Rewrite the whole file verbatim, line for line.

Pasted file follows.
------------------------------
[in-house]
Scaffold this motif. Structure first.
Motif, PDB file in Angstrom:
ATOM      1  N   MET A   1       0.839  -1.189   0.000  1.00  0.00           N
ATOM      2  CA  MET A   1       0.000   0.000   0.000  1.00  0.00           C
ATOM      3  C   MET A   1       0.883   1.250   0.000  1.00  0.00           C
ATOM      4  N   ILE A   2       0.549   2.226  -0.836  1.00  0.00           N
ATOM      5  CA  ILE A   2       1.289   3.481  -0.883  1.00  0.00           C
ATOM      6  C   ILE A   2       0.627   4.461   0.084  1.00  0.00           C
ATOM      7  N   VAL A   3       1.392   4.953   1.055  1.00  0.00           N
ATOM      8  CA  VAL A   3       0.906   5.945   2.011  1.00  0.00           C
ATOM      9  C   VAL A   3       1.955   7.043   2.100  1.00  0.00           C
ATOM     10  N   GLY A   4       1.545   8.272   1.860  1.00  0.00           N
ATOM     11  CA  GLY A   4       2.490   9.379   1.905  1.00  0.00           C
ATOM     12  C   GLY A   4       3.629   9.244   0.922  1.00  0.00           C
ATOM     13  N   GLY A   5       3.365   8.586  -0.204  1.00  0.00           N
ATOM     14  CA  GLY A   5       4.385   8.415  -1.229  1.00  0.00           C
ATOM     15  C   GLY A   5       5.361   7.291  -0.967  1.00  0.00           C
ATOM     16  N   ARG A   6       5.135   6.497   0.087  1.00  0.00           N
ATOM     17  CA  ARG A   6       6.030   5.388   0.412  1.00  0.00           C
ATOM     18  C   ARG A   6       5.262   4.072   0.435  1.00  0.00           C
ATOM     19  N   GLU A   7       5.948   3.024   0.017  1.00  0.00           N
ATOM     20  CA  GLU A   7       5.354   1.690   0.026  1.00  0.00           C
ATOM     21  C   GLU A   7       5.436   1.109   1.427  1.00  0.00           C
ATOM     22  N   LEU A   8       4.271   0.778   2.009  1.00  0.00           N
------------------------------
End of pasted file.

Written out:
[in-house]
Scaffold this motif. Structure first.
Motif, PDB file in Angstrom:
ATOM      1  N   MET A   1       0.839  -1.189   0.000  1.00  0.00           N
ATOM      2  CA  MET A   1       0.000   0.000   0.000  1.00  0.00           C
ATOM      3  C   MET A   1       0.883   1.250   0.000  1.00  0.00           C
ATOM      4  N   ILE A   2       0.549   2.226  -0.836  1.00  0.00           N
ATOM      5  CA  ILE A   2       1.289   3.481  -0.883  1.00  0.00           C
ATOM      6  C   ILE A   2       0.627   4.461   0.084  1.00  0.00           C
ATOM      7  N   VAL A   3       1.392   4.953   1.055  1.00  0.00           N
ATOM      8  CA  VAL A   3       0.906   5.945   2.011  1.00  0.00           C
ATOM      9  C   VAL A   3       1.955   7.043   2.100  1.00  0.00           C
ATOM     10  N   GLY A   4       1.545   8.272   1.860  1.00  0.00           N
ATOM     11  CA  GLY A   4       2.490   9.379   1.905  1.00  0.00           C
ATOM     12  C   GLY A   4       3.629   9.244   0.922  1.00  0.00           C
ATOM     13  N   GLY A   5       3.365   8.586  -0.204  1.00  0.00           N
ATOM     14  CA  GLY A   5       4.385   8.415  -1.229  1.00  0.00           C
ATOM     15  C   GLY A   5       5.361   7.291  -0.967  1.00  0.00           C
ATOM     16  N   ARG A   6       5.135   6.497   0.087  1.00  0.00           N
ATOM     17  CA  ARG A   6       6.030   5.388   0.412  1.00  0.00           C
ATOM     18  C   ARG A   6       5.262   4.072   0.435  1.00  0.00           C
ATOM     19  N   GLU A   7       5.948   3.024   0.017  1.00  0.00           N
ATOM     20  CA  GLU A   7       5.354   1.690   0.026  1.00  0.00           C
ATOM     21  C   GLU A   7       5.436   1.109   1.427  1.00  0.00           C
ATOM     22  N   LEU A   8       4.271   0.778   2.009  1.00  0.00           N